I woke up that morning and around 10 o’clock the contractions started. They were uncomfortable but quite irregular, around 10 minutes apart. Sometimes they would get closer together but then they would space out again. Around one o’clock I decided that I would call fetal assessment and get them to check me out because of my GBS status. I went up and they checked me over. I was only 2cm and they placed the belt too high so it wasn’t picking up the contractions I was having. In the end the midwife said I was best going home for a bit and seeing how things went. My MIL was having her annual 4th of July barbecue (a day early). We decided to swing by that for a while and stock up on some protein.

The contractions continued, going to 3 minutes apart when I was standing up but spacing out again if I sat down. At five o’clock we decided to go back to the hospital again. At this point I was 3cm and they decided to admit me and give me my first dose of antibiotic. After this we were moved to the antenatal ward and told to wait there and give them a shout of we thought things were ramping out.

And things continued on as they had been until about 10.30 when suddenly a contraction hit me that made me jump off the bed and burst into tears. They suddenly started coming one on top of the other with barely a gap in between. The husband went to find a midwife as I held onto the bed trying to catch my breath between these furious contractions. A midwife appeared and examined me again and said I was now 6cm so they were going to take me round.

This was the shocking moment. She said they’d had some changes in their guidelines and even though I was a para 5 and GBS positive I could go to the midwife led unit AND they were filling the birthing pool for me. As they wheeled me round she said oh someone who knows you is in the MLU.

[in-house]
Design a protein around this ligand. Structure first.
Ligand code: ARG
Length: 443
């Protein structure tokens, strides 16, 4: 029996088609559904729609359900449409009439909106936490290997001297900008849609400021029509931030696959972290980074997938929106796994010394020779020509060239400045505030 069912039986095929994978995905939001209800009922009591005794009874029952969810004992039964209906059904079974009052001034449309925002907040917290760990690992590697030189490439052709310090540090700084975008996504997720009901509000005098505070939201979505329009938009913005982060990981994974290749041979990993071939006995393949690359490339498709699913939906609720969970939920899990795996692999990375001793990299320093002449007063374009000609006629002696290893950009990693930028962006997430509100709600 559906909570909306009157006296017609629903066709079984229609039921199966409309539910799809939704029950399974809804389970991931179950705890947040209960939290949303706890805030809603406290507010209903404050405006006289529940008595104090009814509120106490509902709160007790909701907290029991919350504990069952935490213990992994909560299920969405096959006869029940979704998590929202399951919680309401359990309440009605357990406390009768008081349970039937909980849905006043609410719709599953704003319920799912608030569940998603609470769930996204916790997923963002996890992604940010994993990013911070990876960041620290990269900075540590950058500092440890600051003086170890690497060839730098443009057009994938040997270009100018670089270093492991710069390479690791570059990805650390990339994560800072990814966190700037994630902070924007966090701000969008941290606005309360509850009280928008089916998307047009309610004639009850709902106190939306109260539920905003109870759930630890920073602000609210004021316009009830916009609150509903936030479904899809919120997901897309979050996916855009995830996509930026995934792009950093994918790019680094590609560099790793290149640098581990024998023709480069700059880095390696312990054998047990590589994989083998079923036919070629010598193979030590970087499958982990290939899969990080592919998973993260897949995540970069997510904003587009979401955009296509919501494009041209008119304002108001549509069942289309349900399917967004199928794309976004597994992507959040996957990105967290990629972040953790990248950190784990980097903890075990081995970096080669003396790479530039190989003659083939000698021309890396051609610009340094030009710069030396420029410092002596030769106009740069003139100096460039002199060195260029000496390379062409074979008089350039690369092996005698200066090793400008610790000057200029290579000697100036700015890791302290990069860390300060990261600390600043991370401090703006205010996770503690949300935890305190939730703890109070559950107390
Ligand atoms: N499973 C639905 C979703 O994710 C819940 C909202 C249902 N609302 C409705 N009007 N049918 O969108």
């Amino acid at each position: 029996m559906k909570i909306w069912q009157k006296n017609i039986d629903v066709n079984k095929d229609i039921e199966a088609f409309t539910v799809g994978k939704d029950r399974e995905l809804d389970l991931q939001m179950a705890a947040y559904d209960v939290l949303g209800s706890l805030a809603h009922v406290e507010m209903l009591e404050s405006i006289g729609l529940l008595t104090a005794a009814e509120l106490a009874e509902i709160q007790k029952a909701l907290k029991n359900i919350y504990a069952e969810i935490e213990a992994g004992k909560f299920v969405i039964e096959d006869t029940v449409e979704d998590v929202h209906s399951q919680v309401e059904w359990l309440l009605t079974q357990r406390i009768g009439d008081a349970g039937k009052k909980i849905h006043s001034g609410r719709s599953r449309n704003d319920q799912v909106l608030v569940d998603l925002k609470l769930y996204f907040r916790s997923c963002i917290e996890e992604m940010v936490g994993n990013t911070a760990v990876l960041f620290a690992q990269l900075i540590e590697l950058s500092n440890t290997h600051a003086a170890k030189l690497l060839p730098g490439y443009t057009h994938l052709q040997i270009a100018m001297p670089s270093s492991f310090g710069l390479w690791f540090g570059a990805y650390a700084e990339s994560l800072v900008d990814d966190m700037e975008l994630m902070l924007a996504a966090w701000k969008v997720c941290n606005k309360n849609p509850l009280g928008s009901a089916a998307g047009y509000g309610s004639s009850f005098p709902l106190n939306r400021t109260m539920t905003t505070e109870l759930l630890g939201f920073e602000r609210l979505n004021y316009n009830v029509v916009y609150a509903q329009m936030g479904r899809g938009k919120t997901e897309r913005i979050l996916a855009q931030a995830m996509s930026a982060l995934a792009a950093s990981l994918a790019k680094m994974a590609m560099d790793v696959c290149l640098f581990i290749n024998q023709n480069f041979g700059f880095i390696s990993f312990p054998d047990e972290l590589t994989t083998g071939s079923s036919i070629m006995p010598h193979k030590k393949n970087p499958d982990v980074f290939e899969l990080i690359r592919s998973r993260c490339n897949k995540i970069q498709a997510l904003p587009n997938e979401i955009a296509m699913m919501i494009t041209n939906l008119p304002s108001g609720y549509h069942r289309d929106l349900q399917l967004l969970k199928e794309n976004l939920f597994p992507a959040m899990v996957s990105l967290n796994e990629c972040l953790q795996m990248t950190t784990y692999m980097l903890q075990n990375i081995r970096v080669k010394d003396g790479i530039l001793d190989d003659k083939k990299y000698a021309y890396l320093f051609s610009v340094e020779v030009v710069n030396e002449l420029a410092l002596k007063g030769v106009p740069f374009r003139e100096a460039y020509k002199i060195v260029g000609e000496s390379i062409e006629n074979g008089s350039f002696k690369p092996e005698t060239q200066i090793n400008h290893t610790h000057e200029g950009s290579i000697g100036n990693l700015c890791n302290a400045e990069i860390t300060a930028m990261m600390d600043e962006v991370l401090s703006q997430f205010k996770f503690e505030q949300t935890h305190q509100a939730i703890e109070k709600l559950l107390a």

They wheeled us into the room and the midwife on duty was none other than a friend of mine! J is a fantastic midwife, she was heavily involved with the maternity liaison committee that I used to volunteer with. It really couldn’t have been more perfect. All the things that I had always wanted but I hadn’t dared to hope for this time and it was just coming together.

They quickly finished filling the pool and around 11 o’clock I got in. It felt marvelous. I could move about so easily (yes, SPD had got me yet again!) and the water was so soothing. I used gas and air and held onto the husband and just went with what my body was doing.

At 12 minutes to midnight our baby boy was born. He came out still inside his sack as my waters didn’t break until after his head was born. There was a little bit of meconium  in the waters but they weren’t concerned. I lifted him up out of the water myself and cuddled him to me. It was just magical.